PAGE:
2010: Estacada High School student advocates for bowling alley
1980 — The "Dodge Social News" column outlined the ongoings of that area. "Mr. and Mrs. Vern Cruzon hosted a group of family members New Years Eve to watch their children Amy and Wesley unwrap their packages from under the tree and try out the toys. Wesley, age 2 and a half, propelled his fancy Caterpillar tractor all over the place and reluctantly tried on a new coat while Amy found several dolls with changes of clothes to work over," The News reported. "Supper was served buffet style while the grown ups visited."
1990 — Pastor Dave Williams of the Estacada United Methodist Church was leading the group's effort to become a Reconciling Church and welcome LGBTTQ+ individuals as fully participating members of their organization. Williams told The News that he and his parishioners felt a need to make a change in their church. "We are saying that God loves these people and their identity must not be rejected," he said.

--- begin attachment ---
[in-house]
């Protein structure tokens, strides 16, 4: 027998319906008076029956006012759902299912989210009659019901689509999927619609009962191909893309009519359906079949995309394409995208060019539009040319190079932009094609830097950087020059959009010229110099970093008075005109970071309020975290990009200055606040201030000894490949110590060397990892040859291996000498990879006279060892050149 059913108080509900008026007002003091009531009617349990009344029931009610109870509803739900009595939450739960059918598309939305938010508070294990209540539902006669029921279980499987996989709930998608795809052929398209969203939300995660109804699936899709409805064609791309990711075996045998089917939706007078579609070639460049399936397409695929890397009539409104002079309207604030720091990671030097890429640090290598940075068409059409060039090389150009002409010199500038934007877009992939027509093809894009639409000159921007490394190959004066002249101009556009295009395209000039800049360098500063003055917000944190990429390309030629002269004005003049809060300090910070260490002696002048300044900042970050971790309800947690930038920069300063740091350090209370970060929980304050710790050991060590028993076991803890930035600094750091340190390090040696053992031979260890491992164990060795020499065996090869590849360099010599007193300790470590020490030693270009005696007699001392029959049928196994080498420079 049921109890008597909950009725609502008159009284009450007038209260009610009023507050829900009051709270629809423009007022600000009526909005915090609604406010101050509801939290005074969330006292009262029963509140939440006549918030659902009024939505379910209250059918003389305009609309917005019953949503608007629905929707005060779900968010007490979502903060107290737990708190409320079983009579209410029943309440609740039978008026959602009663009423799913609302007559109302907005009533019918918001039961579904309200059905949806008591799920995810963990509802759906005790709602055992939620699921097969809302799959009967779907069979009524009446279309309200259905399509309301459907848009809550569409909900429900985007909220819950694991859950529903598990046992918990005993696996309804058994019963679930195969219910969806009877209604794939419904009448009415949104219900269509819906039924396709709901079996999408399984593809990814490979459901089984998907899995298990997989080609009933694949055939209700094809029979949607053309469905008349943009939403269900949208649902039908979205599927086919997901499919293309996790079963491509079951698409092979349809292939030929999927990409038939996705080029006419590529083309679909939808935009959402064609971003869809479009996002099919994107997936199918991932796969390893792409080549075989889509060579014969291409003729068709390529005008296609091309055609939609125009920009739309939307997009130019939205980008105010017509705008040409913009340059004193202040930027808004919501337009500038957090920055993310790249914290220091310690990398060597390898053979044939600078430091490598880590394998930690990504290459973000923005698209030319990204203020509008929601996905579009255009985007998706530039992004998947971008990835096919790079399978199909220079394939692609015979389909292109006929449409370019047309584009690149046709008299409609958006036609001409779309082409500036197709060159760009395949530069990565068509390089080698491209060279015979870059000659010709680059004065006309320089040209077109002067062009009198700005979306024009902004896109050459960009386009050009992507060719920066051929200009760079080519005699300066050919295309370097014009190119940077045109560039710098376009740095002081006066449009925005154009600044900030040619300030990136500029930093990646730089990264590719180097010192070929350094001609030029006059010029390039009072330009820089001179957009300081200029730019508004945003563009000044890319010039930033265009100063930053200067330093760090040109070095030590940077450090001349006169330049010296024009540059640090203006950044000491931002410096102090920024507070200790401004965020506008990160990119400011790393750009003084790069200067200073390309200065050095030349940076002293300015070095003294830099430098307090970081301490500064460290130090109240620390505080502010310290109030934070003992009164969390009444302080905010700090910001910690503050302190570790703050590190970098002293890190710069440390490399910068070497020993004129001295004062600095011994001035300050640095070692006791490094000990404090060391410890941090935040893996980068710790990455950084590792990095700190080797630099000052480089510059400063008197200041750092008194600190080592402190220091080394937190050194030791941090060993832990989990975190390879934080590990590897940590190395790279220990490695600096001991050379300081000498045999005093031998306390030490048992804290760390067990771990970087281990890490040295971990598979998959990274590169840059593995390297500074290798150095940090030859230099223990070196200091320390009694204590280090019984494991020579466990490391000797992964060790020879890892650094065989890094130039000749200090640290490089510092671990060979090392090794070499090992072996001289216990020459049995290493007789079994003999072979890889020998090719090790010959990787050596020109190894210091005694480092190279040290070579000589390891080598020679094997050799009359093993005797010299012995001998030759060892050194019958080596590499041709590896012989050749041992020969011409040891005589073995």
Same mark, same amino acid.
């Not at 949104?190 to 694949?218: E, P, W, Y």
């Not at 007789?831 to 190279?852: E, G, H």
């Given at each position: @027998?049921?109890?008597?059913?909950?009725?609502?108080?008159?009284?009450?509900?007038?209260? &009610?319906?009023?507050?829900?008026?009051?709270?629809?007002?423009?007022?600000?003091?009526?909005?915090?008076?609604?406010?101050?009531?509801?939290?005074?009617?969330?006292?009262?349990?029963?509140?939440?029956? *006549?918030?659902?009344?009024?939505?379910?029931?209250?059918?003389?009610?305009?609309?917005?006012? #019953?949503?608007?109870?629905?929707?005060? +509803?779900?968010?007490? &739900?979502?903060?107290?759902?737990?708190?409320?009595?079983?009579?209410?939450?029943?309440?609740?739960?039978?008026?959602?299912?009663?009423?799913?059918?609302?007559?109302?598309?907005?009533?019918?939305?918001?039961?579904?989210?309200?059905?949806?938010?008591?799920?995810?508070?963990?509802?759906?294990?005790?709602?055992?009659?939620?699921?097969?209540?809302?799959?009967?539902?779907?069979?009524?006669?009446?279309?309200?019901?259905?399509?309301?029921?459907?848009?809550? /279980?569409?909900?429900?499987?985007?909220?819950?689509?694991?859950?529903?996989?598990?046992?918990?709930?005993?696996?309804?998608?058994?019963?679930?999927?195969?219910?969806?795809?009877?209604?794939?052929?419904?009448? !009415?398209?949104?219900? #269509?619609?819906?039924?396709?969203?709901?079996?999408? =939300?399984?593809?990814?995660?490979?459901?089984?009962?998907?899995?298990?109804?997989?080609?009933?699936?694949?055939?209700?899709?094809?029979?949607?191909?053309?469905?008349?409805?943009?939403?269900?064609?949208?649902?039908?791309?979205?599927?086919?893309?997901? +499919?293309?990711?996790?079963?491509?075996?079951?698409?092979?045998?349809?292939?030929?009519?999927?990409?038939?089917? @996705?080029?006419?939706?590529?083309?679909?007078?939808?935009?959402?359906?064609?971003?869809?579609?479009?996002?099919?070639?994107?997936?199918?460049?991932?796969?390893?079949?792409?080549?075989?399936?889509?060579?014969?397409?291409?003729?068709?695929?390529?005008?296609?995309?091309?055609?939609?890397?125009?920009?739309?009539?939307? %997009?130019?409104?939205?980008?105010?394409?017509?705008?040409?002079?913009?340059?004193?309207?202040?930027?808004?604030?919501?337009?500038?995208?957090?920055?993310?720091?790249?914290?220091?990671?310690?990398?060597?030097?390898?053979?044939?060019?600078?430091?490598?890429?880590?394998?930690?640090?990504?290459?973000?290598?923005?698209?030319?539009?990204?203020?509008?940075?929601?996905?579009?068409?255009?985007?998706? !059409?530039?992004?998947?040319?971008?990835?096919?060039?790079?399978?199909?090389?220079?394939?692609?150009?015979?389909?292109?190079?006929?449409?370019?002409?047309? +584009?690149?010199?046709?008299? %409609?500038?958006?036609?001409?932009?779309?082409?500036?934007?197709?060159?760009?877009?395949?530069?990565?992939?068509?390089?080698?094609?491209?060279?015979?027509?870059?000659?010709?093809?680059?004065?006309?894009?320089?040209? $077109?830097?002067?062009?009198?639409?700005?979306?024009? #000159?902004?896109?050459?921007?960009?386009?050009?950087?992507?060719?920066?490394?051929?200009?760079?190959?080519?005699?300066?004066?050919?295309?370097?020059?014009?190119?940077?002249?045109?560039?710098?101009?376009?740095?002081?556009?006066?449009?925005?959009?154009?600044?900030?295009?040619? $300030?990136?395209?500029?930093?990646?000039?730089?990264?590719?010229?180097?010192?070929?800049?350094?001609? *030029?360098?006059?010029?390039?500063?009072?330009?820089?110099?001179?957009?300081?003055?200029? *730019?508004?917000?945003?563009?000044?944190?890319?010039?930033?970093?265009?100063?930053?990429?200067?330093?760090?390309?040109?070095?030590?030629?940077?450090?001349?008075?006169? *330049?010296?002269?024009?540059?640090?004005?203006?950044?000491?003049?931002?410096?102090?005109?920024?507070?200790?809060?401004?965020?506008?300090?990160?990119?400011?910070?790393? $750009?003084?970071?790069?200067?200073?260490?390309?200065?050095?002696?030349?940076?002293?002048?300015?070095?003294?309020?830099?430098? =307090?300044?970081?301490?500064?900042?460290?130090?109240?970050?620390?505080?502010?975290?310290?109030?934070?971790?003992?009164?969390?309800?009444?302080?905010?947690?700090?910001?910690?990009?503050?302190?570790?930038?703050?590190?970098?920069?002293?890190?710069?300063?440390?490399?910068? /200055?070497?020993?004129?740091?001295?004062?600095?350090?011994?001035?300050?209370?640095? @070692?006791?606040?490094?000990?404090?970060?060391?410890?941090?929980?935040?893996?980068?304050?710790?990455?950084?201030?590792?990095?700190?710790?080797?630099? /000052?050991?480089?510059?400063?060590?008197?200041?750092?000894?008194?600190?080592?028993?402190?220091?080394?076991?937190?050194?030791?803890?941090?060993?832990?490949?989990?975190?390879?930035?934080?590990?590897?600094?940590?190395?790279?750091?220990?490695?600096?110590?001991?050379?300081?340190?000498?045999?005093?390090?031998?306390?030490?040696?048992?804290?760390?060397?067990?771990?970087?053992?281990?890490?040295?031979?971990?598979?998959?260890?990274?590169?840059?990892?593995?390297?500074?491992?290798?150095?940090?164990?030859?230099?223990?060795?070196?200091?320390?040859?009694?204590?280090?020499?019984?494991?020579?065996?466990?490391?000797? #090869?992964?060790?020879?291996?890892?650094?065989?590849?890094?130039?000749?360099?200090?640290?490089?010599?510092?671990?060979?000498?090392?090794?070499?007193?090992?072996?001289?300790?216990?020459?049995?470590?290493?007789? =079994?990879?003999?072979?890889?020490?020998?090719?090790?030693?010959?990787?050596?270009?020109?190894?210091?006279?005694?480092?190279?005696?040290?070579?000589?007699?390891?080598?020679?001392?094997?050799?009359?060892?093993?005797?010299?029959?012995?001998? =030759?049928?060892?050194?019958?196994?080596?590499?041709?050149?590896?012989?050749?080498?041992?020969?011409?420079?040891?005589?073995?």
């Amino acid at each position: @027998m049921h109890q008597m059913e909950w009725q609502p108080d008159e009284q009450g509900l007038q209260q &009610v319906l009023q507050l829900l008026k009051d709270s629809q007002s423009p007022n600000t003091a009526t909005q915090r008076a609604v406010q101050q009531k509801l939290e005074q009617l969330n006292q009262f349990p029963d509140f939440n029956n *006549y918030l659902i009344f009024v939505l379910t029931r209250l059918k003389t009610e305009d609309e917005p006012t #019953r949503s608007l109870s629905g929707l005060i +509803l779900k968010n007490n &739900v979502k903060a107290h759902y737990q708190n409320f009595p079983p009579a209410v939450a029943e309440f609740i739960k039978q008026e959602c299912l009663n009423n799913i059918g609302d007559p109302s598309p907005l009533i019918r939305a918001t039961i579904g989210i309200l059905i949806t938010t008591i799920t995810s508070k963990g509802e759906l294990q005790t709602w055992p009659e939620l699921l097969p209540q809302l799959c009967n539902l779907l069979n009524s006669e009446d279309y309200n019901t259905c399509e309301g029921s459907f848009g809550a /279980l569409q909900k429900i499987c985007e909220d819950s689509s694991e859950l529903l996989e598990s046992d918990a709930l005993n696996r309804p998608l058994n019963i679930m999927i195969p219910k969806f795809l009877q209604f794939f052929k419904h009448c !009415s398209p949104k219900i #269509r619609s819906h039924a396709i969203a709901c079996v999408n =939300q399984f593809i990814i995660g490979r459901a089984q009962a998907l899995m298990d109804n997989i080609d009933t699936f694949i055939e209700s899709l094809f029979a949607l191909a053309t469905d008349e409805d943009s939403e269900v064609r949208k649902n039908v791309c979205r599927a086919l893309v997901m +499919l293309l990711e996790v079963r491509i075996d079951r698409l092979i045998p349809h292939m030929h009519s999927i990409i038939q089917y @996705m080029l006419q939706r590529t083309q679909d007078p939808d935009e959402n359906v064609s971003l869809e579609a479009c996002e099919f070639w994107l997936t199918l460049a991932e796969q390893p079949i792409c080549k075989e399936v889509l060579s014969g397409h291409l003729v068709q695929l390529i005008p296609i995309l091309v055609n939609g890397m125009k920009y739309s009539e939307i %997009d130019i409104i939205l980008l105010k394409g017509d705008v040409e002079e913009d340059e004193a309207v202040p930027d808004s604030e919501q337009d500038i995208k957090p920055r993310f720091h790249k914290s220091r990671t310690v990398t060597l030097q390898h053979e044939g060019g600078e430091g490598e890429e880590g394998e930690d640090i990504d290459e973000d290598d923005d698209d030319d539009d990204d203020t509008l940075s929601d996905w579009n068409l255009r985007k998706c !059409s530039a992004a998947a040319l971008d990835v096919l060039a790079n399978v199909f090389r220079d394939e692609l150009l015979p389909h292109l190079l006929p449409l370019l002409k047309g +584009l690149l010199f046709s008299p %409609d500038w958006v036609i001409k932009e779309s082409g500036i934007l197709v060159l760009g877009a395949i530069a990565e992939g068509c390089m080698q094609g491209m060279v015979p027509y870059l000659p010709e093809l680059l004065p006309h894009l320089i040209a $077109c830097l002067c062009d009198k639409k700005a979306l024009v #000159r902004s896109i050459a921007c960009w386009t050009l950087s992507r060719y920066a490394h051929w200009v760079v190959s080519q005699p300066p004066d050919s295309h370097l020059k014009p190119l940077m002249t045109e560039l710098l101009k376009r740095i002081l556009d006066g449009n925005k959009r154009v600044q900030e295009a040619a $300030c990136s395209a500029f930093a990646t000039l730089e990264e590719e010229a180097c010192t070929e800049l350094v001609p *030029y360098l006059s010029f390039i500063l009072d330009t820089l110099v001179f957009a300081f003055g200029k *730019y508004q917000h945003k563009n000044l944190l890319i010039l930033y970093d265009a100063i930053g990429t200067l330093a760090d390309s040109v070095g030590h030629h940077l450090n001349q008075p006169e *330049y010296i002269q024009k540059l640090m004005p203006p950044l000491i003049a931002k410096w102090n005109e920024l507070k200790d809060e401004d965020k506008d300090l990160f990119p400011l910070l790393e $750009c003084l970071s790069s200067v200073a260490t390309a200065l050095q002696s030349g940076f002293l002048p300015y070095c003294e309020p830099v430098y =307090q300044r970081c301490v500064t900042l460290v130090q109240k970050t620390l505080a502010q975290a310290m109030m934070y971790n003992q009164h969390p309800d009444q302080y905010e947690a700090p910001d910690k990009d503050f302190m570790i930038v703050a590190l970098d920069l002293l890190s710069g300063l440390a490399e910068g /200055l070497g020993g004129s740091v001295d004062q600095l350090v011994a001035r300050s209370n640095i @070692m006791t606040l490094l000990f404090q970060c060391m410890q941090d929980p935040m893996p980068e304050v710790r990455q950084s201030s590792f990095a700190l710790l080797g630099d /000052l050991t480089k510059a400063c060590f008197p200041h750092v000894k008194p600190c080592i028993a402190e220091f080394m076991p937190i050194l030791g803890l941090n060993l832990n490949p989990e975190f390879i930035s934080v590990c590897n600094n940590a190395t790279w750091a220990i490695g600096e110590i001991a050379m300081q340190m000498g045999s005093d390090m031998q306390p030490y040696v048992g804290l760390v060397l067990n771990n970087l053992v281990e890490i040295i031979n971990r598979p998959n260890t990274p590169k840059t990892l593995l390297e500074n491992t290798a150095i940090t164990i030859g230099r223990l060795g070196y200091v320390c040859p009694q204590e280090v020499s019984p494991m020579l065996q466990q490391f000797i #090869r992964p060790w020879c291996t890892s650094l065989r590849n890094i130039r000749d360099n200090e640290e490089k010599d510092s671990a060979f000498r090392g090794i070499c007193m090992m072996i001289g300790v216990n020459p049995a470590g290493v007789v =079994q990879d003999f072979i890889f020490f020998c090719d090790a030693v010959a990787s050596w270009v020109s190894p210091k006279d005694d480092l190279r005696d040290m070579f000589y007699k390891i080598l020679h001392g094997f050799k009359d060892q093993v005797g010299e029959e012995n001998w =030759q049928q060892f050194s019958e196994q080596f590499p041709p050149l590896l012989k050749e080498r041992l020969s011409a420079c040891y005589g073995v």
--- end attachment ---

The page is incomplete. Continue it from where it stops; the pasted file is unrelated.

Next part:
2000 — Items in the newspaper's "Community Happenings" section included a meeting of the Redland/Viola/Fisher's Mill CPO, toddler time at the Estacada Public Library and a meeting of the Stickflickin Archery Club on Northwest Wade Street.
2010 — Estacada High School senior Bobby Beck wrote a letter to the editor proposing a bowling alley for Estacada. "I believe this town is too boring for the majority of kids who live here," Beck wrote. "I believe it would be a nice investment to put in a bowling alley. This would give kids something to do. I believe it would also help keep kids out of trouble. . .I am writing this with the hope that somebody with the funding reads it and sees that there is an interest in having a bowling alley."
2019 — Thanks to a partnership between the Friends of the Estacada Public Library and the Estacada Community Foundation, the Dolly Parton Imagination Library had recently come to town. The program mailed free books to children ages 5 and younger in the United States, United Kingdom, Canada and Australia. David Bugni of the Friends of the Estacada Public Library noted that program coordinators hope to complement the literary resources that are already in town. "It will help from a pre-kindergarten standpoint. Before the school district sees the kid, hopefully they will have taken advantage of the program," he said. "We want to work with the schools, homeschool groups and churches to get the word out."
You count on us to stay informed and we depend on you to fund our efforts. Quality local journalism takes time and money. Please support us to protect the future of community journalism.